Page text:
Authors: New York Magazine
Early Adventures in the Big City
As Remembered by Actors, Artists,
Athletes, Chefs, Comedians, Filmmakers,
Mayors, Models, Moguls, Porn Stars,
Rockers, Writers, and Others
I came into New York an emperor on a barge. It wasn't the skipper who was taking the boat in, but my will to conquer, and I was almost sorry for the New York that would have to yield so completely to my demands.
“THAT WAS NEW YORKâAND THAT WAS ME” (1903)
I'm going to New York!
(what a lark! what a song!)
Former Mayor, 1933
Baseball Player, 1946
Actress and Singer, 1948
Gossip Columnist, 1949
Dancer and Choreographer, 1952
Director and Choreographer, 1957
Actress and Singer, 1961
Writer and Filmmaker, 1962
Model and Actress, 1964
Art Gallerist, 1970
Diane Von Furstenberg,
Television Host, 1974
Television Producer, 1975
Magazine Editor, 1977
Magazine Editor, 1978
Party Promoter, 1981
Baseball Player, 1983
Radio Host, 1984
Porn Star, 1997
Albert Hammond Jr.,
Internet Publisher, 2002
Former Escort, 2004
Actor and Student, 2008
Political Analyst, 2009
Aspiring Actress, 2009
This book started out as a magazine feature that, like the city it celebrated, soon grew a bit crowded for its size. In April of 2009,
magazine published a cover story in which thirty local notables recounted their first New York experience. These true talesâcomic, clueless, heartwarming, and unusually candidâhad struck a chord in the office as they were filed. But the response they received upon publication, and the outpouring of readers' own stories at nymag.com, made us realize we were onto something deeper than a collection of newbie anecdotes, however memorable: that one's arrival in this city was a memory as primal, potent, and private (yet begging to be shared) as that other First Time. So we decided to widen the net. The result,
My First New York,
expands some of the stories
that ran in the magazine, and adds many, many more New Yorkers willing to tell their tale.
For this book, a few of the writers wrote, the restâa mix of actors, artists, comedians, entrepreneurs, filmmakers, journalists, musicians, politicians, sports stars, and othersâtalked. For all of them, recounting their first adventures in New York seemed to bring out their truest selves: Liz Smith gossiped while Liza Minnelli gushed; Yogi Berra kept it very, very simple. And they went about moving in very different ways: some, like actress Lauren Hutton, came on a glorious impulse; some (or at least blog magnate Nick Denton) made a detailed spreadsheet that assigned weighted scores to various cities, and then fiddled with the calculations until New York came up the winner. Few have arrived with less than filmmaker Jonas Mekas, a concentration-camp survivor on a UN refugee ship; few have swanned in with more than Diane von Furstenberg, a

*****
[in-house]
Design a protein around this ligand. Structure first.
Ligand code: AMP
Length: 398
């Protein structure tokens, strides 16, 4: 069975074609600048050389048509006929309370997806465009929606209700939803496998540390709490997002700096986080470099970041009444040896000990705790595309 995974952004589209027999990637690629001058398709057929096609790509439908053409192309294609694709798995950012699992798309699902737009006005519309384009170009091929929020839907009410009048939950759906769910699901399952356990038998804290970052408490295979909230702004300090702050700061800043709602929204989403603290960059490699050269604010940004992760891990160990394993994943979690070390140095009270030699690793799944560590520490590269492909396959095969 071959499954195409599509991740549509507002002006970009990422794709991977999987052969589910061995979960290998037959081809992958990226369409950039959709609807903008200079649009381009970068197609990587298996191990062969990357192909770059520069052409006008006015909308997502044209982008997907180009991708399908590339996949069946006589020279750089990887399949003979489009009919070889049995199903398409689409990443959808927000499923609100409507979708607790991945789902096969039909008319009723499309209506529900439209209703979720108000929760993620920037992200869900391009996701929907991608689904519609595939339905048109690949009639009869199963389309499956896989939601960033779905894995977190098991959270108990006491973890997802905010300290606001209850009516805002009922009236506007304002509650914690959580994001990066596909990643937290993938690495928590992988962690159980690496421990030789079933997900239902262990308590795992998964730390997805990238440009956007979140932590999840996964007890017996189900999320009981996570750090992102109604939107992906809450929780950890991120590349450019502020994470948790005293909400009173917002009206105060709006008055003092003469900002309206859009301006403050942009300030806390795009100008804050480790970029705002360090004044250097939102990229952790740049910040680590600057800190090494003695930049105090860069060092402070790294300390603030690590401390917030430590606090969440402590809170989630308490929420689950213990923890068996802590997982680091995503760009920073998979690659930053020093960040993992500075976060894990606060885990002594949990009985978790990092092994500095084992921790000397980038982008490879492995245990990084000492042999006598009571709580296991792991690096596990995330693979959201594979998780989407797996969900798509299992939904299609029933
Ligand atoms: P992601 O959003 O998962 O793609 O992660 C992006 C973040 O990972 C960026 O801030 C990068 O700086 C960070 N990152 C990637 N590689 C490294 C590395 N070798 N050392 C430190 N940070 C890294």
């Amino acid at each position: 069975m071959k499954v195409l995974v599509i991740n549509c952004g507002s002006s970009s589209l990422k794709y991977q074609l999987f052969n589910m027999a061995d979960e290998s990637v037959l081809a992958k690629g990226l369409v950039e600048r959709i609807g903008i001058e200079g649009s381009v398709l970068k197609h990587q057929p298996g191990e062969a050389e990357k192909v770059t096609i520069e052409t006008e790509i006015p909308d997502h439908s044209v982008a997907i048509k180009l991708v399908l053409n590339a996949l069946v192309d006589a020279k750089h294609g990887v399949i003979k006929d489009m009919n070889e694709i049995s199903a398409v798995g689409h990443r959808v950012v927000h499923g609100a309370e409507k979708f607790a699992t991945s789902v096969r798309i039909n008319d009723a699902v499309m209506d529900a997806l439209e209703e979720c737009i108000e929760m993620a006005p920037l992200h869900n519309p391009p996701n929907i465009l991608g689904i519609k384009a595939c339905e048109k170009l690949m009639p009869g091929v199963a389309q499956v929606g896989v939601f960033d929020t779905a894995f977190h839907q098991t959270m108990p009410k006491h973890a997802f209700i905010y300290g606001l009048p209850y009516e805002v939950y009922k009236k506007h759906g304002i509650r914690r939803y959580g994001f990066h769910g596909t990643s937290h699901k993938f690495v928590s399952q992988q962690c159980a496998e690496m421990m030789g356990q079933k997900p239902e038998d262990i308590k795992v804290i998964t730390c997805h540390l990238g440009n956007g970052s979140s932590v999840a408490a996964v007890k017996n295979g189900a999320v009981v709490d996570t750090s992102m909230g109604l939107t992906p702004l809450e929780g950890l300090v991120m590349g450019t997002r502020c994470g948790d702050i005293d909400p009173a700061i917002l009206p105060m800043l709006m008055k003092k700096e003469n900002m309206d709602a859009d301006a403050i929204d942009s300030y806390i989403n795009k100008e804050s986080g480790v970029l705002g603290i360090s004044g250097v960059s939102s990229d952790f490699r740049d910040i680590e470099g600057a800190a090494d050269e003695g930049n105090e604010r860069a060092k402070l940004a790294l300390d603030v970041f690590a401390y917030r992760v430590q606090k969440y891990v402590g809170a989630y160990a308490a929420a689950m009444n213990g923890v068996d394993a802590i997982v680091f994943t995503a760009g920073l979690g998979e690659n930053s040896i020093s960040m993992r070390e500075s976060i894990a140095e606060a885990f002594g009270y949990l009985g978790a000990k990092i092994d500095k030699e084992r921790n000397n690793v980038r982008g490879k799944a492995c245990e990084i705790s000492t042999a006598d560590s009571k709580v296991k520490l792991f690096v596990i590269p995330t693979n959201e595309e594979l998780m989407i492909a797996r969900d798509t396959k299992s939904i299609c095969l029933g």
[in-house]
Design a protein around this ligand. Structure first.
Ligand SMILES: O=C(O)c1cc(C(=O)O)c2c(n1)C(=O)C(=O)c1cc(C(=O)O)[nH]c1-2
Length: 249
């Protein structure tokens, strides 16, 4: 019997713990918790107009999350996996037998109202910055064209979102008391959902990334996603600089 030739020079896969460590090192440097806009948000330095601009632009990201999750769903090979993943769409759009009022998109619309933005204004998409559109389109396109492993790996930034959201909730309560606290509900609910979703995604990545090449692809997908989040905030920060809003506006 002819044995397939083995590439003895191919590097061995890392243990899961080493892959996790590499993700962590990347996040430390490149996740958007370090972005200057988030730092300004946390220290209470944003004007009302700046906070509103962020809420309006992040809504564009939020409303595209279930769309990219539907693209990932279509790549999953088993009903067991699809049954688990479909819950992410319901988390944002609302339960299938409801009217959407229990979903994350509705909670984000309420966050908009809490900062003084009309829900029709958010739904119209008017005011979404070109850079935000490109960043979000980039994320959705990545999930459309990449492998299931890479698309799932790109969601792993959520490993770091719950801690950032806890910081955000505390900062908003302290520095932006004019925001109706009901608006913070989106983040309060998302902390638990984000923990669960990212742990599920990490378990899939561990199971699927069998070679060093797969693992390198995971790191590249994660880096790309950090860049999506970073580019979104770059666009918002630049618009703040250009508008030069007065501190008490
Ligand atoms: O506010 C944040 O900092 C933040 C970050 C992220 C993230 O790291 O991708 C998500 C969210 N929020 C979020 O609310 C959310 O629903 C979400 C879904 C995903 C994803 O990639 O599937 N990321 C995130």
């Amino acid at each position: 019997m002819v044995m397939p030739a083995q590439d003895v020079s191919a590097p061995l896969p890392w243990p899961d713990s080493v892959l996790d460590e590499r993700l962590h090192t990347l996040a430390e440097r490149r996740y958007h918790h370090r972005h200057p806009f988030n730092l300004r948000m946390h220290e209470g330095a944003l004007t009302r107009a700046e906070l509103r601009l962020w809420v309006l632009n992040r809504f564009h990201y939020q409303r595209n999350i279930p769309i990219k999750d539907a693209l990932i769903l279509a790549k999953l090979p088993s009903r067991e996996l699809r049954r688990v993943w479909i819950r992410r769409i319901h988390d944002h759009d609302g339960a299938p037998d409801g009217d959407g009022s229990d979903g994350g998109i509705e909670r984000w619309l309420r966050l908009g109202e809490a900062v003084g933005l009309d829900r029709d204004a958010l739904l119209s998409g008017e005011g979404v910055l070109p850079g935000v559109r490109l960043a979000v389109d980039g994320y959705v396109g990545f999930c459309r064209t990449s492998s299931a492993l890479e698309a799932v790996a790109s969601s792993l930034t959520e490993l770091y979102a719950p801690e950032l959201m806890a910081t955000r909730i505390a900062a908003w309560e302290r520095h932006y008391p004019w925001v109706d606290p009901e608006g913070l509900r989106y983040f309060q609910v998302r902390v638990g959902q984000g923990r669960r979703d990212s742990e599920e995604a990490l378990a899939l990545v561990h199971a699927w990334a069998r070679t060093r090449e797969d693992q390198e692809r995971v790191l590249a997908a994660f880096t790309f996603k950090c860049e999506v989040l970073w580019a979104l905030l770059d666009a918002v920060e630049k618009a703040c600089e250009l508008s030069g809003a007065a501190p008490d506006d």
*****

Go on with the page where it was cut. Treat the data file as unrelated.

. An extraordinary number managed to land in New York just as something historic was happeningâbut then again, something historic happens here a lot. Cindy Sherman arrived in the middle of the Summer of Sam; Danny Meyer came on the day John Lennon was shot.
Arranged chronologically, their stories combine into a subjective and impressionistic history of our city, one that captures its changing temper and tone since the Great Depression. Through the arrivals' wide eyes, we watch New York's transformation from the land of jazz clubs and the World's Fair to a seething pit where college faculty revolted alongside students and empty lofts awaited colonization, to the kind of place where dot-com millionaires took cooking lessons and you needed serious connections to snag a job at a video store. They tell of a city that seesawed from safe to dangerous and backâand then dangerous again, but in a different way. And together they make an accidental encyclopedia of New York hot spots through the ages, because that's where the newcomers in search of their crowd inevitably gravitate: from the Cedar Tavern and the Gaslight to LutÃ¨ce and Elaine's, from Max's Kansas City and the Mudd Club to the Odeon and Bungalow 8, they're all here, dots on the unbroken line of the Next Next Things.
A recent survey found that more than half of all New Yorkers have moved here from somewhere else. And,
in fact, the city is a magnet that attracts in times good and bad. Roughly the same number of foreign immigrants (about 750,000) moved to New York during the 1970s downturn as during the boom years that just ended. It is also a bit of a sieve: even as the city serves as a mere gateway to America to millions of immigrants, there is always the subset who look up and realize that moving any farther would be redundant at best. They are joined by about eighty thousand Americans who arrive each year from elsewhere in the country. As it is often said, what makes one a real New Yorker is the conscious decision to become one.